Electrical appliances

There are many electrical appliances that are used in the home to transfer electrical energy to other useful forms.

ApplianceUseful energyWasted energy
Electric kettleEnergy that heats the water.Internal (thermal) energy heating the kettle. Infrared radiation lost to the surroundings.
HairdryerInternal (thermal) energy heating the air. Kinetic energy of the fan that blows the air.Sound energy. Internal (thermal) energy heating the body of the hairdryer. Infrared radiation lost to the surroundings.
Battery operated torchLight radiation given out by the hot filament of the bulb.Infrared radiation lost to the surroundings.
Battery operated analogue wall clockThe kinetic energy of the hands moving around.The sound energy of the ticking noise.

The greater the amount of the supplied electrical energy that the appliance transfers to useful energy stores, the more efficient the device will be. This can be shown in an energy transfer diagram.

Example

A kettle will transfer the supplied electrical energy to both useful and wasted energy stores. The useful energy store will heat the water and the wasted energy stores will be dissipated to the surroundings.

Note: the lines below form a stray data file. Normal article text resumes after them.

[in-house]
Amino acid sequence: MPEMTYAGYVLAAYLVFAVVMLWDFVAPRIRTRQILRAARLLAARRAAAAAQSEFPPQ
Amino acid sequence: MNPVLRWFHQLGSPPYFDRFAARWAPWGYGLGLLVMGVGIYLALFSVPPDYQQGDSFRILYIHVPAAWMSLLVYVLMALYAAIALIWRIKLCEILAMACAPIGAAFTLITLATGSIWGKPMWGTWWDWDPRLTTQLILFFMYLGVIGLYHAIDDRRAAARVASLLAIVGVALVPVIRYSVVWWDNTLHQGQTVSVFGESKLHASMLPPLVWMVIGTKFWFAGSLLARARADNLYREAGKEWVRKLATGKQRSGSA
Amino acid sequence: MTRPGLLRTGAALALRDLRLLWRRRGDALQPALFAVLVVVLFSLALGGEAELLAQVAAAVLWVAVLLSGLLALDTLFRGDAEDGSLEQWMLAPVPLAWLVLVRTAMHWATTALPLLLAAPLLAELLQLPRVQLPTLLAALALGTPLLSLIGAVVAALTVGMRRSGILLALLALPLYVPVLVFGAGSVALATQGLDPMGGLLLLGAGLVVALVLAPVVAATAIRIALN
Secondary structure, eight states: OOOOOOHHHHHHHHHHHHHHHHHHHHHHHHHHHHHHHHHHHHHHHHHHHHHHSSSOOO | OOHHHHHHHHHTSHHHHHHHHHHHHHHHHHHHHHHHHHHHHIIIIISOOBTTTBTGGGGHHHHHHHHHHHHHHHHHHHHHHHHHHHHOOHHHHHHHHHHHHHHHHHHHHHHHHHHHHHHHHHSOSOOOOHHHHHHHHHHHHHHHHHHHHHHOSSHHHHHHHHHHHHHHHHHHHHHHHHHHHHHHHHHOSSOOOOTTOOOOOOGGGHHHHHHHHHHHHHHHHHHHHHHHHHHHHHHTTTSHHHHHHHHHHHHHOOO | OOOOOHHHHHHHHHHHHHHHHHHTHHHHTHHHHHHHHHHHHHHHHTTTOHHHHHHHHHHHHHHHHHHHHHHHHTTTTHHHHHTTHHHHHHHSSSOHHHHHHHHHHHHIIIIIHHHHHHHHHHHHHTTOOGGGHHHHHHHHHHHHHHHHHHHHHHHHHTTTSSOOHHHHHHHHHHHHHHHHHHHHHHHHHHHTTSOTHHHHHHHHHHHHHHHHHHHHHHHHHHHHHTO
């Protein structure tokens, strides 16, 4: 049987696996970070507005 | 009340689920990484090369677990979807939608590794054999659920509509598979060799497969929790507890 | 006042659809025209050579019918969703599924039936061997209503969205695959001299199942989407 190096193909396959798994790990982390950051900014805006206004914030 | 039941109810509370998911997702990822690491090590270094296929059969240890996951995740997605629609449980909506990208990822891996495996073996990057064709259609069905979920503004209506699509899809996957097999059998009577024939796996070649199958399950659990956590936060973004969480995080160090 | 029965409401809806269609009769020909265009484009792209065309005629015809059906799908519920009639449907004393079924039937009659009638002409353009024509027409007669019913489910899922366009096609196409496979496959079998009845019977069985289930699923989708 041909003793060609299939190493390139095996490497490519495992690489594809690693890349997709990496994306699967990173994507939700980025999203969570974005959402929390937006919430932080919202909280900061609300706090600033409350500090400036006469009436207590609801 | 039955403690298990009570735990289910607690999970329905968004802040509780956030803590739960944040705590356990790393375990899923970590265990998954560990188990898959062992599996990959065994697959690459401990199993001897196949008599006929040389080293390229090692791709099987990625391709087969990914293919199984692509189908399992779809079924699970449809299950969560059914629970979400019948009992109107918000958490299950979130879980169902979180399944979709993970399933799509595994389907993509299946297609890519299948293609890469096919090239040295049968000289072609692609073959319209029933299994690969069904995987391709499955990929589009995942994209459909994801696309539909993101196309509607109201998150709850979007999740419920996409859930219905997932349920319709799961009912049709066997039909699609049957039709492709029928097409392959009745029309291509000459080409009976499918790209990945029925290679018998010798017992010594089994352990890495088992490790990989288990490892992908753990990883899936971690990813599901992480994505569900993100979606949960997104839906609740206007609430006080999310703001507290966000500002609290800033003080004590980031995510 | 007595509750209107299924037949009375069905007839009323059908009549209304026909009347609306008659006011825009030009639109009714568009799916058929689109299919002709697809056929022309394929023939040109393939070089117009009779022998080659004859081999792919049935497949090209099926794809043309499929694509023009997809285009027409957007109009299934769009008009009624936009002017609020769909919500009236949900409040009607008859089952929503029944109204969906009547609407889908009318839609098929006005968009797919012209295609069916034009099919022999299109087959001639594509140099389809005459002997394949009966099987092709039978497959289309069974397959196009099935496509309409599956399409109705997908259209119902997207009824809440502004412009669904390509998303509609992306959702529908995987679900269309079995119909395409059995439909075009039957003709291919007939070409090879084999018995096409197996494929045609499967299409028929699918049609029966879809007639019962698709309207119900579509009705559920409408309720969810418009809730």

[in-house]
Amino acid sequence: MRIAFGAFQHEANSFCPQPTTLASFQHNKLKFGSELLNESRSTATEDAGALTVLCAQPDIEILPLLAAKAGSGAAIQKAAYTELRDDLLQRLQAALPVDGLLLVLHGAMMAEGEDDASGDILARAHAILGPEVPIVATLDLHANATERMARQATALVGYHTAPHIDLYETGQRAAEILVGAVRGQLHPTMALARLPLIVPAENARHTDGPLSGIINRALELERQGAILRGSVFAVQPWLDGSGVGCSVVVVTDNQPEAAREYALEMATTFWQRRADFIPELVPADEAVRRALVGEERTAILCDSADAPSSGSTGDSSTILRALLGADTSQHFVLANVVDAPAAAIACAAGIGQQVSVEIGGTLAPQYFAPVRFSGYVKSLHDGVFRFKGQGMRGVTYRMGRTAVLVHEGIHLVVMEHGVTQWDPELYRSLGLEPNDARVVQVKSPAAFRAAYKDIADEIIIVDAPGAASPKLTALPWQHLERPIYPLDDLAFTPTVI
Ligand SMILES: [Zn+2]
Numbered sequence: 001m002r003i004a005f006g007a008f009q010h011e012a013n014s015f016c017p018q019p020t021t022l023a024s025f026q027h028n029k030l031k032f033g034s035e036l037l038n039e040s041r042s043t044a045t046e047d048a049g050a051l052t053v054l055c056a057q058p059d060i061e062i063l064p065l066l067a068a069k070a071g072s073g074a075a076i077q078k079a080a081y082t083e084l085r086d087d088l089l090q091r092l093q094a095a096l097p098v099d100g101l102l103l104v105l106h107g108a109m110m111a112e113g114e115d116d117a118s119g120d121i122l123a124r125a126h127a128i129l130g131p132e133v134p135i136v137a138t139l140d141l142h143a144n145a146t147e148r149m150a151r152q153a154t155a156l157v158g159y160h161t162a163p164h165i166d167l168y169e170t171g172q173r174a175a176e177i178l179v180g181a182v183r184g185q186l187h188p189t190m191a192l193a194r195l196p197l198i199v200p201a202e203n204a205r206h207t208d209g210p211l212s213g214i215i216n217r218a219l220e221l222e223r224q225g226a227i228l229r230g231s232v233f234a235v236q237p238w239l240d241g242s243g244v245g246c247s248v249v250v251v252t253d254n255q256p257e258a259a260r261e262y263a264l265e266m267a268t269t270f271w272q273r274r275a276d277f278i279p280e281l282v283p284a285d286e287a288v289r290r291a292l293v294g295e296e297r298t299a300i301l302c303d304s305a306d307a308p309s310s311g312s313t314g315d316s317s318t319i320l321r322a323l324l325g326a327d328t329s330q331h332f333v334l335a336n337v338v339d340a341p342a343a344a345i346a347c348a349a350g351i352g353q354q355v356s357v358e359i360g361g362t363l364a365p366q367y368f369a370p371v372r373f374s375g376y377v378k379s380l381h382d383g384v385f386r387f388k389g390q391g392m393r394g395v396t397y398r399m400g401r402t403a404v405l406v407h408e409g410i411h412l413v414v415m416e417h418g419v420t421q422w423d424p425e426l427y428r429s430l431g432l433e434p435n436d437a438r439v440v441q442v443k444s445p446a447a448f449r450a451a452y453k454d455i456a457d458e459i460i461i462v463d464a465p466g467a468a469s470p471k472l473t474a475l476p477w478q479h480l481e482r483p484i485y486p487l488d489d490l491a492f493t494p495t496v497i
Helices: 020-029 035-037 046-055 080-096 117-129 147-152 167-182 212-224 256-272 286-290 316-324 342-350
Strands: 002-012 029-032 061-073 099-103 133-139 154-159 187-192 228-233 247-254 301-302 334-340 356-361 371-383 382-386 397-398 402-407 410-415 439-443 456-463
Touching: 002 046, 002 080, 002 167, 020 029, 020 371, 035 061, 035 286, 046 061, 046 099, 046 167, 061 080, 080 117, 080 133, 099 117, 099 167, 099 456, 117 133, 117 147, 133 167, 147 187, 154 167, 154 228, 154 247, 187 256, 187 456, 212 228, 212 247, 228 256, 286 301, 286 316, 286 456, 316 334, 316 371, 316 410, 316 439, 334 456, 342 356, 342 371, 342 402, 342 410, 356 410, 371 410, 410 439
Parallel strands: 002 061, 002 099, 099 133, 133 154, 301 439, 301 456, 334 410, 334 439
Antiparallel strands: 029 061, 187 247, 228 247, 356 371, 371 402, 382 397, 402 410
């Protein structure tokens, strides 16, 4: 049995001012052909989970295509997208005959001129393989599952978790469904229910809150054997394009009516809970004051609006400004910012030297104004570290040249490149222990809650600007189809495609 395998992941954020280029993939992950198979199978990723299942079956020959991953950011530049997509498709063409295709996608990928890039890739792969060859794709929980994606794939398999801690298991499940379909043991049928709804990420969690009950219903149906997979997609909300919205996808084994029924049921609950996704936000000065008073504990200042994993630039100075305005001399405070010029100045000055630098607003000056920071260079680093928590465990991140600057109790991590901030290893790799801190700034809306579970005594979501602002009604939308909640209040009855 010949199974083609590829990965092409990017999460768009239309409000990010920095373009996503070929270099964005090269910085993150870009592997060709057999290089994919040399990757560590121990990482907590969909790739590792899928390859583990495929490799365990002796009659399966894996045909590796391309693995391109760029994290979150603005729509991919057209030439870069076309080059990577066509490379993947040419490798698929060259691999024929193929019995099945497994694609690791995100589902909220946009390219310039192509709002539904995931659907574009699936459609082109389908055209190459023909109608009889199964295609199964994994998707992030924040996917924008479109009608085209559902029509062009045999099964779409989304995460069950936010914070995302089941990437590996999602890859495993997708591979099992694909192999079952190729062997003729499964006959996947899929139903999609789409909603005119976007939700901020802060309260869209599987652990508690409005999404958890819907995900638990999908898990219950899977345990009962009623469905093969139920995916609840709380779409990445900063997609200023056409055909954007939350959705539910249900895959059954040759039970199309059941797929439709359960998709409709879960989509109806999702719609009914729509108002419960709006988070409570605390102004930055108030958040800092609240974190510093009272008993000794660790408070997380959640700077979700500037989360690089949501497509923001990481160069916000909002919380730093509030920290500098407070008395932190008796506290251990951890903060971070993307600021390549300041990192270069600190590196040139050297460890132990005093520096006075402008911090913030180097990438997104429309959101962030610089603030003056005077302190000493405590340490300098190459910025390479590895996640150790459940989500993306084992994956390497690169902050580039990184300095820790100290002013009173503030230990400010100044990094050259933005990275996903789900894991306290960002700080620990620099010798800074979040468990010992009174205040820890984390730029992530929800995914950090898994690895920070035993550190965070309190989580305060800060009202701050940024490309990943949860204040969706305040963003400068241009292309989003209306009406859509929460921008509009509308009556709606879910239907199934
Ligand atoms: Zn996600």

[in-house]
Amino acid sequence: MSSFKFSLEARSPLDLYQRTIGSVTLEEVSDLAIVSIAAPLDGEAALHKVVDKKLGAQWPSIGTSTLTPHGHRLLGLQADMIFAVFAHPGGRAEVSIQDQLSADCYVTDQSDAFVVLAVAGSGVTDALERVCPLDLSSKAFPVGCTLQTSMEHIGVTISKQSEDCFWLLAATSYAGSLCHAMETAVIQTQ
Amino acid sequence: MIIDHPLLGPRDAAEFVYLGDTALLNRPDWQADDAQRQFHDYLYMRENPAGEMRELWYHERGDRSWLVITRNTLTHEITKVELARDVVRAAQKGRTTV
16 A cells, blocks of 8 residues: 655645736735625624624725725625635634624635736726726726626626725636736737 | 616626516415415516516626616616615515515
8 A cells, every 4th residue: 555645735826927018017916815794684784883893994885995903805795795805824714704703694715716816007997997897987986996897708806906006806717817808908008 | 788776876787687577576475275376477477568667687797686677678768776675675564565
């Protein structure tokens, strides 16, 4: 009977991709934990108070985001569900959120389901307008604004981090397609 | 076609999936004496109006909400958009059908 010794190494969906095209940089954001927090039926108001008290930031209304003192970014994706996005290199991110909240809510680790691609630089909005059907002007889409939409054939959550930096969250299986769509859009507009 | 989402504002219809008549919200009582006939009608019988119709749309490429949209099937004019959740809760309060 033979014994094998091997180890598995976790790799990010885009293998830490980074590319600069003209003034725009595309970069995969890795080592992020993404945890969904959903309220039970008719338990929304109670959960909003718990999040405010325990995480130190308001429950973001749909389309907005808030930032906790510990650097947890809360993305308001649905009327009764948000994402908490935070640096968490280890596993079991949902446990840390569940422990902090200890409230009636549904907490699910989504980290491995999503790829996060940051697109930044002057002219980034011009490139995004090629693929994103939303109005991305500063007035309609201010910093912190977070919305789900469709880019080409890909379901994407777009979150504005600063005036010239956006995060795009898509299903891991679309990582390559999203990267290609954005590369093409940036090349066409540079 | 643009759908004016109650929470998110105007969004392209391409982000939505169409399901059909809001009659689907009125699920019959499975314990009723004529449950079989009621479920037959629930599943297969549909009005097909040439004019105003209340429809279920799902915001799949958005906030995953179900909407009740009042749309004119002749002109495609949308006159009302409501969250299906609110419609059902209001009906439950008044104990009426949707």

Energy transfer diagram of water with figures.

As efficiency is calculated using the equation:

efficiency = \frac{useful \: power \: transferred}{total \: power \: supplied}

efficiency = \frac{180,000}{200,000}

efficiency = 0.9

As a percentage, this is (0.9 x 100)% = 90%.

Question

What are the useful and wasted stores of energy for a washing machine?

Useful stores - kinetic energy of the drum, internal (thermal) energy of the water. Wasted stores - sound energy and infrared radiation dissipated to the surroundings.